Tamponade physiology, in which a pericardial effusion impedes cardiac output, is a medical emergency and requires prompt diagnosis and intervention before cardiovascular collapse ensues. However, not every fluid collection in the pericardial sac results in tamponade physiology. A clinical diagnosis of tamponade (Beck’s triad) has poor sensitivity and will occur only in the late stages of tamponade.​1​ In order to know whether or not an intervention is necessary for the setting of pericardial effusion, ultrasound diagnosis of tamponade is paramount. 

What is pericardial tamponade?

The pericardial sac is made of a tough membrane that does not stretch rapidly. When there is a rapid accumulation of fluid in the pericardial sac, that tough membrane has no time to stretch and accommodate, thereby exerting pressure on the right side of the heart and decreasing cardiac output.​2​ In contrast, if that filling is slow and gradual, the tough membranous sac will stretch and accommodate fluid without exerting too much pressure on the heart. Cardiovascular compromise ultimately depends on how fast fluid accumulates, rather than how much.

What ultrasound views do you need?

You can see pericardial effusion in any view, depending on its size. The subxiphoid view and the apical 4-chamber views will give you more information on the right side of the heart. Start with the parasternal long (PSL) view; this will help determine if the fluid resides in the pericardial versus pleural space.

Question: Is the fluid pericardial or pleural on the PSL view?

  • On your PSL view, identify the descending aorta (DA)
  • If fluid tracks anterior to the DA, then it is in the pericardial space
  • If fluid tracks posterior to the DA, then it is in the pleural space
Figure 1. Parasternal long view of the heart showing a pericardial fluid collection anterior to the descending aorta (DA)
Pericardial effusion
Figure 2. Parasternal long view of the heart showing both a pleural effusion posterior to and a small pericardial effusion anterior to the descending aorta (DA)

How does ultrasound diagnose tamponade? 

The right side of the heart is a low pressure system. If the pericardial fluid exerts enough pressure to impede filling of the right side of the heart, tamponade physiology exists.

The right atrium (RA) usually fills with blood in systole, whereas the right ventricle (RV) fills in diastole. Any signs of RA collapse during systole or RV collapse in diastole is concerning for tamponade. Another worrisome finding for tamponade is a non-collapsible, plump inferior vena cava (IVC), because if the RA is under pressure from tamponade, there will be impaired filling of the RA, leading to a dilated IVC. 

Pericardial tamponade
Figure 3. Subxiphoid view of the heart showing a closed tricuspid valve (TV) during systole and right atrial (RA) collapse, suggesting pericardial tamponade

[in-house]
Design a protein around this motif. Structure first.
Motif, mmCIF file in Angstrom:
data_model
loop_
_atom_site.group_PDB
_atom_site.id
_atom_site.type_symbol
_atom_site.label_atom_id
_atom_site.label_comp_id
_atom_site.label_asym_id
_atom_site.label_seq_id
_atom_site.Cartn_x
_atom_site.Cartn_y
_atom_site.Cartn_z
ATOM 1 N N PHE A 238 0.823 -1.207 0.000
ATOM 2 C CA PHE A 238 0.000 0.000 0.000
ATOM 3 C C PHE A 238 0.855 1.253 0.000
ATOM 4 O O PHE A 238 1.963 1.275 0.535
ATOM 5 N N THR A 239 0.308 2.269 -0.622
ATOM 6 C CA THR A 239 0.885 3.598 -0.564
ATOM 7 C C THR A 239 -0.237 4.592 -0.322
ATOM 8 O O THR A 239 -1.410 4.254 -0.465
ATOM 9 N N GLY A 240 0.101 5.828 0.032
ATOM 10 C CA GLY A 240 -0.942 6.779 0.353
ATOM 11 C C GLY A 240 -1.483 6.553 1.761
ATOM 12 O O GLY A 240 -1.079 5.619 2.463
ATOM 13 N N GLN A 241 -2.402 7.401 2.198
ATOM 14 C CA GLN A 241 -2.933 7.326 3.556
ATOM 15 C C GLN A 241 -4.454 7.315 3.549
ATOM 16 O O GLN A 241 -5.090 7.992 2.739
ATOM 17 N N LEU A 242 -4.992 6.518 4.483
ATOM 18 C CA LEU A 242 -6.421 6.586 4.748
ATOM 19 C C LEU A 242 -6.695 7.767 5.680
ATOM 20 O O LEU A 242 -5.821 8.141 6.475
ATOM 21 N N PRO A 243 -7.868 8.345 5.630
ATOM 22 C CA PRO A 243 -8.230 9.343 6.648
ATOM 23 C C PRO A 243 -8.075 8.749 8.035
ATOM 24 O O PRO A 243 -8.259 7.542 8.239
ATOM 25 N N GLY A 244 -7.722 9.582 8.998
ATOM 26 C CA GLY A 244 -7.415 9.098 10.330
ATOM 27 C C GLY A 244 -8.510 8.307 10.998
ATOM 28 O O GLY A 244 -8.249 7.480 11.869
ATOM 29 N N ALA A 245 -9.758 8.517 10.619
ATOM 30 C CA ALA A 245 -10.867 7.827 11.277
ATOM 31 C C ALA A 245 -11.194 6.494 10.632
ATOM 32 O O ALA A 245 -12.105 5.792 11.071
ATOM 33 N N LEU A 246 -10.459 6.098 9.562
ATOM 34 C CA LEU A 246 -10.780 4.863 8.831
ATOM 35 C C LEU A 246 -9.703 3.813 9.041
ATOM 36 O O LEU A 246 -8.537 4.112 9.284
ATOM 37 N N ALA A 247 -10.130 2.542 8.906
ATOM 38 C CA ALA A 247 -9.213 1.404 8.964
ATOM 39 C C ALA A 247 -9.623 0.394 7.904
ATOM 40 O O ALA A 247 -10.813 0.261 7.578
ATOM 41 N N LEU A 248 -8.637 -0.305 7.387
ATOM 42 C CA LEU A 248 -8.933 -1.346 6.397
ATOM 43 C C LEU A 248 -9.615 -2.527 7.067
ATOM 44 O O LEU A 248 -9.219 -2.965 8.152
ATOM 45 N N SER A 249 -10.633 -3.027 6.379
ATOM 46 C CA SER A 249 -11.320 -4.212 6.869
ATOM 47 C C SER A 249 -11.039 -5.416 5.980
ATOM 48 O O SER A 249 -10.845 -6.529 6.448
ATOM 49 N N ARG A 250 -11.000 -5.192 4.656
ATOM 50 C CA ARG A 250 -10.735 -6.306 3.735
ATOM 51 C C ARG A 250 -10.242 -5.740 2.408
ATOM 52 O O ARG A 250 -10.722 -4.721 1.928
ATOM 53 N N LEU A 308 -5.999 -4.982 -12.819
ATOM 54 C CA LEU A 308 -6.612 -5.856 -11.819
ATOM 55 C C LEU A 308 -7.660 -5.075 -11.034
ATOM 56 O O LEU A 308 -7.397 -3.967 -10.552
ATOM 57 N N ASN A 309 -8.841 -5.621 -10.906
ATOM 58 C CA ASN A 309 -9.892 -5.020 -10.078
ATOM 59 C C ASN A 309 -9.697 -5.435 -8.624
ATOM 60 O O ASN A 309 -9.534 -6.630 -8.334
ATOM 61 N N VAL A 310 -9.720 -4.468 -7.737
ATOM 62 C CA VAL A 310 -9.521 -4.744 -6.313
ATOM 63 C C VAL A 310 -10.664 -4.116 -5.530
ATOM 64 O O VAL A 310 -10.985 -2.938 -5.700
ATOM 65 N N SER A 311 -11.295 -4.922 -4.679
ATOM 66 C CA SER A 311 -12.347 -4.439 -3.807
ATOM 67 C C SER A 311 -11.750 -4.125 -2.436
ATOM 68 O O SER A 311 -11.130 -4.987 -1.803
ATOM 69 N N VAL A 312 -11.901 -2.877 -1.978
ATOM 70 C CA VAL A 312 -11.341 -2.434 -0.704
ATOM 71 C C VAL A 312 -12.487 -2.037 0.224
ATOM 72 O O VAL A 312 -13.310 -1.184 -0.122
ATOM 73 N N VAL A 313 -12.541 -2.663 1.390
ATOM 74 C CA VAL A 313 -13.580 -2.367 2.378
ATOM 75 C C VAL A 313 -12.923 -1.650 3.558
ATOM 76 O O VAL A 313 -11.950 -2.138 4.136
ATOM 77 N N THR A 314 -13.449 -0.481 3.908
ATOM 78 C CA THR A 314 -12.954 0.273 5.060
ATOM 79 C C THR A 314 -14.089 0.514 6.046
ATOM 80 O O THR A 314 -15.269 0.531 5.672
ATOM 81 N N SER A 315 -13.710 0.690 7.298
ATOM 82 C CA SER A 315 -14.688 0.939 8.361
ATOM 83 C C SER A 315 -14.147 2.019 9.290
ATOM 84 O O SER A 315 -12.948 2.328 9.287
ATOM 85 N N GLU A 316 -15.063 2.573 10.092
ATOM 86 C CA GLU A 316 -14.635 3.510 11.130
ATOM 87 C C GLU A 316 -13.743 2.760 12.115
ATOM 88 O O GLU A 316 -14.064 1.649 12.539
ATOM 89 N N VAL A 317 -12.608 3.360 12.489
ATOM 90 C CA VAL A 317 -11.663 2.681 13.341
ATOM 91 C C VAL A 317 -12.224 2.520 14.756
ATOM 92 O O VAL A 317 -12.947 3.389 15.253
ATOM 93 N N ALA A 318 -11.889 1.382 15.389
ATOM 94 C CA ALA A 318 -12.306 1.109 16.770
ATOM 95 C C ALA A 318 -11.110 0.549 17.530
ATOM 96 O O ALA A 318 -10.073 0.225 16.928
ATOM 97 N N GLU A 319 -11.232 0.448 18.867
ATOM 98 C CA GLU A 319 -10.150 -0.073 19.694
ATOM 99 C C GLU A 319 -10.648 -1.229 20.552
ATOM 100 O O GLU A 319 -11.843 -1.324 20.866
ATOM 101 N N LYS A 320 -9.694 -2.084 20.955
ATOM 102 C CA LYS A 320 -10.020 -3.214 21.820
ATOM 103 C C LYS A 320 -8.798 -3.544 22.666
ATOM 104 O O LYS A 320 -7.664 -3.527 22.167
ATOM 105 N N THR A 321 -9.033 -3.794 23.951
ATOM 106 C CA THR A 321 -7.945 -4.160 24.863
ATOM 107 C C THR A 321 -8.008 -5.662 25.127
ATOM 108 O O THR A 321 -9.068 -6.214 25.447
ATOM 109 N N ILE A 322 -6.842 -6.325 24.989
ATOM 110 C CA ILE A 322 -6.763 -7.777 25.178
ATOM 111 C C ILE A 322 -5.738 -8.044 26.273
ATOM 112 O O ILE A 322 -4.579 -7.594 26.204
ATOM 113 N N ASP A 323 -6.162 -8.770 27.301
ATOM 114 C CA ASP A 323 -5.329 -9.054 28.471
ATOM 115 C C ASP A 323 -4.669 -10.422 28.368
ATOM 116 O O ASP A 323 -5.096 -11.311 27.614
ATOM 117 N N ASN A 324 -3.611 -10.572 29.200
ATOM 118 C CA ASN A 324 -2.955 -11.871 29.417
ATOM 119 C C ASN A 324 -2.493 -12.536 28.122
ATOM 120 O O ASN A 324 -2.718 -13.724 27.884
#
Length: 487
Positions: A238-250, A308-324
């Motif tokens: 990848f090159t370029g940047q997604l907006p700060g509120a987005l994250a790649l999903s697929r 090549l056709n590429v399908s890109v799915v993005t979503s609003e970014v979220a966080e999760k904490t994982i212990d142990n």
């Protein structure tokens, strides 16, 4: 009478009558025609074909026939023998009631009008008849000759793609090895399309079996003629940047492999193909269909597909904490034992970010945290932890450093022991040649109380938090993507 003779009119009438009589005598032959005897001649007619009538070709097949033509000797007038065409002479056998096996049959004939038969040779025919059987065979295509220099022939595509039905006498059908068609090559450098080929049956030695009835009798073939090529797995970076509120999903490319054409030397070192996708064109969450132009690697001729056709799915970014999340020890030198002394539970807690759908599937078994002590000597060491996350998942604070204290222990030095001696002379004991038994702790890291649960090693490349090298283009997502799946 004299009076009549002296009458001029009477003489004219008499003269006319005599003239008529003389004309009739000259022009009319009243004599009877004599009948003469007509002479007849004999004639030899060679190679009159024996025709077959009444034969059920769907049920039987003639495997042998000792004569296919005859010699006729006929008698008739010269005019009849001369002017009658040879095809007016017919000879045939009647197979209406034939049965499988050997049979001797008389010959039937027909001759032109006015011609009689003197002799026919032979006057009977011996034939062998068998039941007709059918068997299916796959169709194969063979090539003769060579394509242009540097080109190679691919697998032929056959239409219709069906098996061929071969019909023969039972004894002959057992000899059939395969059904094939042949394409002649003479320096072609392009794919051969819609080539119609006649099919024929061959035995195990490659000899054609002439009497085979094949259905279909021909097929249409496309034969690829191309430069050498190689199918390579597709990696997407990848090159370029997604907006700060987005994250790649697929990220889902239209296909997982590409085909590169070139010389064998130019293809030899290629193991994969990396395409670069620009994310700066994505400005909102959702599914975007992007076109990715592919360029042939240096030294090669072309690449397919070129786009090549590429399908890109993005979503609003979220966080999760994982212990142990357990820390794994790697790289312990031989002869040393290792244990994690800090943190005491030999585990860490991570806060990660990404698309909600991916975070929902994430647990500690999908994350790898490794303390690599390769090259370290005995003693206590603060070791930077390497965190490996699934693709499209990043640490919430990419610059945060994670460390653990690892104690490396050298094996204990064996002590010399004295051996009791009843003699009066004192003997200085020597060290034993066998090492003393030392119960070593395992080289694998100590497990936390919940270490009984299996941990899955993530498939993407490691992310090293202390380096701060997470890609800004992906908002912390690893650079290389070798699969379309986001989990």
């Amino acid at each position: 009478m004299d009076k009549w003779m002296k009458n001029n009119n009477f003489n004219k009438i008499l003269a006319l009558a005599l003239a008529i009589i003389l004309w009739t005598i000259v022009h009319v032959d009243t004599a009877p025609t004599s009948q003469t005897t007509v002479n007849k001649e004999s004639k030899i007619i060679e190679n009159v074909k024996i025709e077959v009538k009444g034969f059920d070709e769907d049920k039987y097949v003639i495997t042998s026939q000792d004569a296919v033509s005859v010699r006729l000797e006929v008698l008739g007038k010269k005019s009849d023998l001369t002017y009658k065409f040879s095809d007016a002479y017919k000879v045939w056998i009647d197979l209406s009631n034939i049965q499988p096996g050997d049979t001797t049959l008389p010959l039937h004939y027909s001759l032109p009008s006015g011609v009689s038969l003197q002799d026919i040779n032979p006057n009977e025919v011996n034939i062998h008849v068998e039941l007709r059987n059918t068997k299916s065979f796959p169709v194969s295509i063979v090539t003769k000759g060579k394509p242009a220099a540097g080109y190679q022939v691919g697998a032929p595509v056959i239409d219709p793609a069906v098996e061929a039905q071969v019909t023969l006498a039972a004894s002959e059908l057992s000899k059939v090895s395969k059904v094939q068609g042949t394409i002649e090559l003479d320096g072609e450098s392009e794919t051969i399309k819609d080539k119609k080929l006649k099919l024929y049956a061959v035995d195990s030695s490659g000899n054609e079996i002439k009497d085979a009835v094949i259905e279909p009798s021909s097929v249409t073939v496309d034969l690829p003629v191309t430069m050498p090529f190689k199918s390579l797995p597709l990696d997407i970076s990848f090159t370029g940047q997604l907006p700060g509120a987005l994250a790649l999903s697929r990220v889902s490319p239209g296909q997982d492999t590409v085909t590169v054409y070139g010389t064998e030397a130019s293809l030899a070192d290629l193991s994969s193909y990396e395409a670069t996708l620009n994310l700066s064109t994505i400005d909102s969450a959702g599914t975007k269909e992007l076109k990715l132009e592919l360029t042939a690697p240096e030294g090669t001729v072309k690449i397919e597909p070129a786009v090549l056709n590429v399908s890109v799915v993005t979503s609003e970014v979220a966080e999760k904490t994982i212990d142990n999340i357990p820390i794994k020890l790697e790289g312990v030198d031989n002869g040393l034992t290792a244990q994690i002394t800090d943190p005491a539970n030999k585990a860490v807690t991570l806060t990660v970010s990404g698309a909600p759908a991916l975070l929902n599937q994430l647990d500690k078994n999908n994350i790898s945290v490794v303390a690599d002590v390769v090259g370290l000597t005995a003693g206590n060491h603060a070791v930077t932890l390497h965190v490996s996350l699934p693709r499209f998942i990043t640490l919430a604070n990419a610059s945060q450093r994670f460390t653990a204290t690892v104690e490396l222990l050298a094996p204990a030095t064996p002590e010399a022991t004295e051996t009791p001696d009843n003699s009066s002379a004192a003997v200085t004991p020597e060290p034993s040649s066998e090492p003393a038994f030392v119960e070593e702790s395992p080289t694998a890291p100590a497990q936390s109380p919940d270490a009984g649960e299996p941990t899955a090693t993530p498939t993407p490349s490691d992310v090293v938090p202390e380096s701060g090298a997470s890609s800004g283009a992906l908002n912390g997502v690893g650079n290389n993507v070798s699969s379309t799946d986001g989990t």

Figure 4. Parasternal long view of the heart showing a pericardial tamponade. Note that although you can not see the tricuspid valve, you can use the mitral valve (MV) as a surrogate.
Figure 5. Longitudinal view of the inferior vena cava (IVC) showing a plump, non-collapsible IVC, suggesting that something is impeding RA filling, such as a pericardial tamponade

Ultrasound tips

  • Use the tricuspid valve position to identify systole and diastole.
    • Closed valve: systole
    • Open valve: diastole
  • If triscuspid identification is difficult, the mitral valve can be used a surrogate.
  • If you have difficulty examining these valves in real-time, use M-mode or freeze your ultrasound image and scroll back until you can identify the closure and opening of the valves.​2​
  • If RA is collapsed in systole or RV is collapsed in diastole, tamponade physiology is likely present.

Take-home points

Look for tamponade physiology using ultrasonography. Worrisome findings include:

  • Right atrial collapse in systole
  • Right ventricular collapse in diastole
  • Plump inferior vena cava

Read more on ALiEM about how to perform an ultrasound-guided pericardiocentesis.

 

References

  1. 1.
    Stolz L, Valenzuela J, Situ-LaCasse E, et al. Clinical and historical features of emergency department patients with pericardial effusions. World J Emerg Med. 2017;8(1):29-33. https://www.ncbi.nlm.nih.gov/pubmed/28123617.
  2. 2.
    Nagdev A, Stone M. Point-of-care ultrasound evaluation of pericardial effusions: does this patient have cardiac tamponade? Resuscitation. 2011;82(6):671-673. https://www.ncbi.nlm.nih.gov/pubmed/21397379.
Leen Alblaihed, MBBS, MHA

Leen Alblaihed, MBBS, MHA

Clinical Assistant Professor
University of Maryland Upper Chesapeake Medical Center
Leen Alblaihed, MBBS, MHA

@LeenAlblaihed

EM.ECHO. POCUS. NUTELLA.
Leen Alblaihed, MBBS, MHA

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